Drug Watch launched in Gauteng

Lead SA & Crime Line in partnership with the police launch intitiative to stamp out drugs.

Police search a man's shoe for drugs, during a police operation in Westbury, Johannesburg, on 26 June 2013. Picture: Michelle Lubbe/EWN.

JOHANNESBURG - An initiative aimed at rooting out the source of drugs in Gauteng communities, Drug Watch, was launched in the province on Wednesday morning.

Speaking to Redi Tlhabi, Yusuf Abramjee, Head of Crime Line and activist for Lead SA, said the initiative is the result of a number of groups coming together to create awareness and help solve the drug scourge in the province.

He said Drug Watch is a partnership between Lead SA, Crime Line, the South African Police Service, the Johannesburg Metropolitan Police Department, Community Policing Forums and the public.

"It's only the beginning; we're going to continue this partnership for a long time."

In a statement on the Lead SA website, he added, "The initiative could not come at a better time", and said that, "Drugs are devastating many lives and ruining communities across South Africa."

Tlhabi also asked him whether the problem of police corruption would limit the programme's effectiveness, referring to a caller's complaint that a drug dealer in Douglasdale was largely ignored by the police.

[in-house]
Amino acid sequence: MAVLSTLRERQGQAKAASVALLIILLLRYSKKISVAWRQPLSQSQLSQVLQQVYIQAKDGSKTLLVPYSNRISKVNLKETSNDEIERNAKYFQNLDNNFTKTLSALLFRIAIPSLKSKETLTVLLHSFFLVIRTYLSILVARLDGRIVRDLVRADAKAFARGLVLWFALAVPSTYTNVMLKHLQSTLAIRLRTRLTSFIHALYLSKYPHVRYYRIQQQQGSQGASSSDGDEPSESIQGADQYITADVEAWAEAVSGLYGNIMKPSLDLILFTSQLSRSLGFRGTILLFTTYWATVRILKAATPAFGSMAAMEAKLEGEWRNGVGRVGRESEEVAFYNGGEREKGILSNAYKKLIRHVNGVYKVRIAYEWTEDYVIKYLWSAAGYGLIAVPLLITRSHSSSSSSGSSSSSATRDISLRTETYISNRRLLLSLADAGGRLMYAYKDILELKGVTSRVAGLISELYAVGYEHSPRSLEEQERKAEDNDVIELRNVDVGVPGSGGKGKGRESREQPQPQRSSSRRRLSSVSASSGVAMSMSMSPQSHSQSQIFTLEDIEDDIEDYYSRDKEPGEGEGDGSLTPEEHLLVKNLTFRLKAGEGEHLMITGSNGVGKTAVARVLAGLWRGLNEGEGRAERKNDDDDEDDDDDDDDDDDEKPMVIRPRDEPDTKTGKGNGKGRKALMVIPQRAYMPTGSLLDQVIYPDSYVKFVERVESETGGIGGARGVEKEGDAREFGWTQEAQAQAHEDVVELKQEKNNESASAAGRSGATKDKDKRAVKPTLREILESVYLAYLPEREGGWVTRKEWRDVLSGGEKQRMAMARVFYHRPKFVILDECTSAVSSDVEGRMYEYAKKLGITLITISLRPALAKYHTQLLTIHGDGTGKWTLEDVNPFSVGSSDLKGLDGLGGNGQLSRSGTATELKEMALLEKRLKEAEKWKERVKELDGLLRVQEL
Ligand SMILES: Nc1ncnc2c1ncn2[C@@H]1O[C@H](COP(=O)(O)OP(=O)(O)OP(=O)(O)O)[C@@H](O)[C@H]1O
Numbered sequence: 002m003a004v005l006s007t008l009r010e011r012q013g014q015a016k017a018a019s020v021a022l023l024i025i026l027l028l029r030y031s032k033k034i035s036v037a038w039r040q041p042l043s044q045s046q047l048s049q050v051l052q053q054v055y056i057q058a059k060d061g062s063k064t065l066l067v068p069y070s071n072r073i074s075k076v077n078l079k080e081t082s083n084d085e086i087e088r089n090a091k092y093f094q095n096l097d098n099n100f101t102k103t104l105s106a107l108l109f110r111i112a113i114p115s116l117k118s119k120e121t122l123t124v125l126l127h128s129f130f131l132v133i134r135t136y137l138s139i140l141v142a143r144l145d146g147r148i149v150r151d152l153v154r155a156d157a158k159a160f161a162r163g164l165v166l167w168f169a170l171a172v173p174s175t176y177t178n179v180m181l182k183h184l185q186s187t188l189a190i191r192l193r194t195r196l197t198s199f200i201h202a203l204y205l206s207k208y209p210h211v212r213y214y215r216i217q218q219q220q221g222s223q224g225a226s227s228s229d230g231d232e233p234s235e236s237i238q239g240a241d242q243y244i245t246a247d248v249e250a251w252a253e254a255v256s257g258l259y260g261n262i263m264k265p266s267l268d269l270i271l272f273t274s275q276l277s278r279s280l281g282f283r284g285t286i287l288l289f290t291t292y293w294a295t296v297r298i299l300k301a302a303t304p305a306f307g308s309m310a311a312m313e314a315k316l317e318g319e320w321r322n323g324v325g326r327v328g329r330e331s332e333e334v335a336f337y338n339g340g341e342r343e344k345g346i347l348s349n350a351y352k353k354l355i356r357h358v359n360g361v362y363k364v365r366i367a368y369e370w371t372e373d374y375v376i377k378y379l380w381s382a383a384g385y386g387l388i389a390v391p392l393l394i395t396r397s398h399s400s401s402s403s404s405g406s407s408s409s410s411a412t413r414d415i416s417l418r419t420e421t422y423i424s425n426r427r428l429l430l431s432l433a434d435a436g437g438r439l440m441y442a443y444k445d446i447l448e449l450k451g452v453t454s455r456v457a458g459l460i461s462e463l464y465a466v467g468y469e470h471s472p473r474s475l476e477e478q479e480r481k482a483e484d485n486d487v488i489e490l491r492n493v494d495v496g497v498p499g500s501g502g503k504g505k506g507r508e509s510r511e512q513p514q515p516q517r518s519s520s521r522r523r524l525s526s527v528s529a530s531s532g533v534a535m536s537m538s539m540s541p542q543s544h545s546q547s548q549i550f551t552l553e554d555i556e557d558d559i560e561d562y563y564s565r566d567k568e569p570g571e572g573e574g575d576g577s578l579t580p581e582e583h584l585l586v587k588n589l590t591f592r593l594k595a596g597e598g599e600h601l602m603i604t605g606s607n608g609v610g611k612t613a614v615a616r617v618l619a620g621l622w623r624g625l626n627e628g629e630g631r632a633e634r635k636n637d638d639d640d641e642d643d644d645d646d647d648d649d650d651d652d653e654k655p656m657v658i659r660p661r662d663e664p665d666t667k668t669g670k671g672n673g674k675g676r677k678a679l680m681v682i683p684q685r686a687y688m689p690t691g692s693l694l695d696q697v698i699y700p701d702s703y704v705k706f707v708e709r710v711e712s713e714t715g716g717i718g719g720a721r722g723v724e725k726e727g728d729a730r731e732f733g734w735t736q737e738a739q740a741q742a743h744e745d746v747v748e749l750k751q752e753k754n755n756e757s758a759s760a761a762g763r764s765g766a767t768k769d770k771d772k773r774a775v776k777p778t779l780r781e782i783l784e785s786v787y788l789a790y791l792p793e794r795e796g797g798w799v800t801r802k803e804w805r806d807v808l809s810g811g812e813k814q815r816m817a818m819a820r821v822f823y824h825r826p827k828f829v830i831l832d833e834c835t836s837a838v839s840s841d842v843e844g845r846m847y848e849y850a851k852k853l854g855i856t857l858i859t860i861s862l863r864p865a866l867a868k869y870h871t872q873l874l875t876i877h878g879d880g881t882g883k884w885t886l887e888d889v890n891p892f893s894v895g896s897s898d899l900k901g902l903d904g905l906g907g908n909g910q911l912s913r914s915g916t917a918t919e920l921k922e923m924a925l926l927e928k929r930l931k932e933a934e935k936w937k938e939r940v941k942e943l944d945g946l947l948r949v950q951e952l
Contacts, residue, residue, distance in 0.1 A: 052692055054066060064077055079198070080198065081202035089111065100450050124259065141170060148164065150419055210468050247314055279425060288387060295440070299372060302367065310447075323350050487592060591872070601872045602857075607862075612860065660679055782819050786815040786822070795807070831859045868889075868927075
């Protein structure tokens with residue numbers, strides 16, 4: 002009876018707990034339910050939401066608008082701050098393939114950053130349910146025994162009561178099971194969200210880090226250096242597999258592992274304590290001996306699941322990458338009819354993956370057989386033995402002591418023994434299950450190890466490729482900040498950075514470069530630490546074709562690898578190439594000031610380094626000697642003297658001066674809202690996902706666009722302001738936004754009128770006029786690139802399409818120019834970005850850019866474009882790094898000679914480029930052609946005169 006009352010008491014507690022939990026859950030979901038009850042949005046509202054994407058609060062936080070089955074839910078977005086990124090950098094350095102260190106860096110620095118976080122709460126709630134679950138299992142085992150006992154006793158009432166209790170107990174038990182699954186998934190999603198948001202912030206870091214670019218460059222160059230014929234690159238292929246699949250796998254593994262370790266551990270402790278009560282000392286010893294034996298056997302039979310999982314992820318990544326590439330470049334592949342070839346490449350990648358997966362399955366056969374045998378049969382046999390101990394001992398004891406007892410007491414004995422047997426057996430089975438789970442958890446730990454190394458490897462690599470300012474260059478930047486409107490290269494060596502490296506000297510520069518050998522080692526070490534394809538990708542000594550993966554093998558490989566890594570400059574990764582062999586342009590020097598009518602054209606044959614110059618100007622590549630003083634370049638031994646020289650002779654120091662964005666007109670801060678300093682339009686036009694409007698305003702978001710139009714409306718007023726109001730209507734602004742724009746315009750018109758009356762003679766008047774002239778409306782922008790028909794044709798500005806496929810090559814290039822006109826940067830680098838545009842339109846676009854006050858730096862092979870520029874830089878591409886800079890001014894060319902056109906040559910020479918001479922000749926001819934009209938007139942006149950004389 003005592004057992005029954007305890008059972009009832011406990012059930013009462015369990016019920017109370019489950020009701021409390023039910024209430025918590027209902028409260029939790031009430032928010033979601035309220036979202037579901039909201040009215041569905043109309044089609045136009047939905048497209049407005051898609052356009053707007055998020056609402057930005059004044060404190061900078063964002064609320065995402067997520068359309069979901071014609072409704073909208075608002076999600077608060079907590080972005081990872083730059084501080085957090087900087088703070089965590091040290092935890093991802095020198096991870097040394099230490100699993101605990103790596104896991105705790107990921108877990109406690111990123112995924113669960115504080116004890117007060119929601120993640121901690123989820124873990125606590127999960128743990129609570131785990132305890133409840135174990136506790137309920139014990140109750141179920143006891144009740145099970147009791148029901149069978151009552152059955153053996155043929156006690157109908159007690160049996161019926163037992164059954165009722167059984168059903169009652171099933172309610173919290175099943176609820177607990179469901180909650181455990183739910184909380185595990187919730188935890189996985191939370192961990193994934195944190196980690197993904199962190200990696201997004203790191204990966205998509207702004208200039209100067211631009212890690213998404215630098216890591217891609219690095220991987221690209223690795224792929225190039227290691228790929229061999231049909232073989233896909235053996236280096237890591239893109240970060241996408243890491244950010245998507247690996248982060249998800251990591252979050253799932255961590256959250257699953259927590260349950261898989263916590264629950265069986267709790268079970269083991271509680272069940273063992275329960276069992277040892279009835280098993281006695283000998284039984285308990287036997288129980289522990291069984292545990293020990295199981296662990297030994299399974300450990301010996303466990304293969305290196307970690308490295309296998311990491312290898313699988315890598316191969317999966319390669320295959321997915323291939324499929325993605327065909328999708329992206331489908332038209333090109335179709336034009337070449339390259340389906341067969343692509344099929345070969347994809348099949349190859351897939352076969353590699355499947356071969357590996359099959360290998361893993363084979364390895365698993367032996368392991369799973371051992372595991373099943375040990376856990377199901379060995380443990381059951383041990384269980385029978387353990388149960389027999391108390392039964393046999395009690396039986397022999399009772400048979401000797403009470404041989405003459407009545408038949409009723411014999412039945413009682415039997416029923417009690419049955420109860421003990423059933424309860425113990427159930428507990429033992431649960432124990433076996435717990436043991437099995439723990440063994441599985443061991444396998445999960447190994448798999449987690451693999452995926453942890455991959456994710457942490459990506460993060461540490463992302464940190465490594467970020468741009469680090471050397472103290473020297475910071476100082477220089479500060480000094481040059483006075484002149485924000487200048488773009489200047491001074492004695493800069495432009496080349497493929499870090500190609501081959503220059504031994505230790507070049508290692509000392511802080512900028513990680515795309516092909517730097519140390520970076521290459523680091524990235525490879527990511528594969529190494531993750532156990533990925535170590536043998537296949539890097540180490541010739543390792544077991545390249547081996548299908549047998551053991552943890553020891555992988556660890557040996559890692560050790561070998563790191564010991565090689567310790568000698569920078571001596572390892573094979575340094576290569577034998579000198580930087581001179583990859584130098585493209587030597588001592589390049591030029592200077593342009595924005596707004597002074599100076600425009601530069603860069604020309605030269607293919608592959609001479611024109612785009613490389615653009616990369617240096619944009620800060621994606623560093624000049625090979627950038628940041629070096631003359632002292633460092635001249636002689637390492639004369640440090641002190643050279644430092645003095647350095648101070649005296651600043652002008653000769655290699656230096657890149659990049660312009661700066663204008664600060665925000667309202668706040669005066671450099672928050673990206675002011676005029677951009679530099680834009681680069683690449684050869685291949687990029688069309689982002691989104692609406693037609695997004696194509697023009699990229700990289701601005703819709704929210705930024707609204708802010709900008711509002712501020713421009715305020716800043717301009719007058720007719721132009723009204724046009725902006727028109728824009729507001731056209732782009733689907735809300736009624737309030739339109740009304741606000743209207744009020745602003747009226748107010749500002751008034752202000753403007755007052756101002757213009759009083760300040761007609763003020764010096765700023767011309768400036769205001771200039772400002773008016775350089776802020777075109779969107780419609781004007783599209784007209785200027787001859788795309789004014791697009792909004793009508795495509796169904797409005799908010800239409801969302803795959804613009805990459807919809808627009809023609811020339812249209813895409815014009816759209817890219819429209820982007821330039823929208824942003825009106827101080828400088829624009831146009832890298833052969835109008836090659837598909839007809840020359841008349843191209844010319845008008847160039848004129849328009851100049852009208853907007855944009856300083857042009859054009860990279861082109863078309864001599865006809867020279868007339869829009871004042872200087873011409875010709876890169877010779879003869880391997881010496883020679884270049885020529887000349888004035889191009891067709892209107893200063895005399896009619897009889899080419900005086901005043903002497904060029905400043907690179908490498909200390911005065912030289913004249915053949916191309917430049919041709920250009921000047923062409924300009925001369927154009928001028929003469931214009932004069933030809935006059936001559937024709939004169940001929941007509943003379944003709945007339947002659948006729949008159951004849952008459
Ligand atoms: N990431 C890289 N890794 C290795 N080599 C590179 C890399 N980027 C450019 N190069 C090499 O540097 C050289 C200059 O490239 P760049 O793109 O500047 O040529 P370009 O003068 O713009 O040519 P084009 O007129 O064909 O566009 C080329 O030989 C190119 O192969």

"It is a major cause of concern", he said, "We know that there are certain policemen that are working in cohorts with drug dealers".

Gauteng Police Commissioner Mzwandile Petros tackled the same topic when speaking to John Robbie earlier on Wednesday morning about the launch of the campaign.

Petros said that it is the community as well as the police who are responsible for this kind of corruption.

"The people that are corrupting the police are coming from the community itself."

However, when police officers are found to be involved in corruption the details are communicated promptly to the community, he said.

Petros added that Drug Watch was "a good initiative" and was "long overdue" in the province.

Robbie asked Petros whether he thought the police had been doing enough to solve the drug problem in Gauteng prior to the launch, and was told, "I think we could have done more."

He emphasised the importance of community involvement in solving the problem, saying, "We must deal with the problem at the household level."

In the Western Cape Drug Watch was launched in November 2012. Between then and January 2013, nearly 16,000 people were arrested and R10.5 million worth of drugs were seized in the province.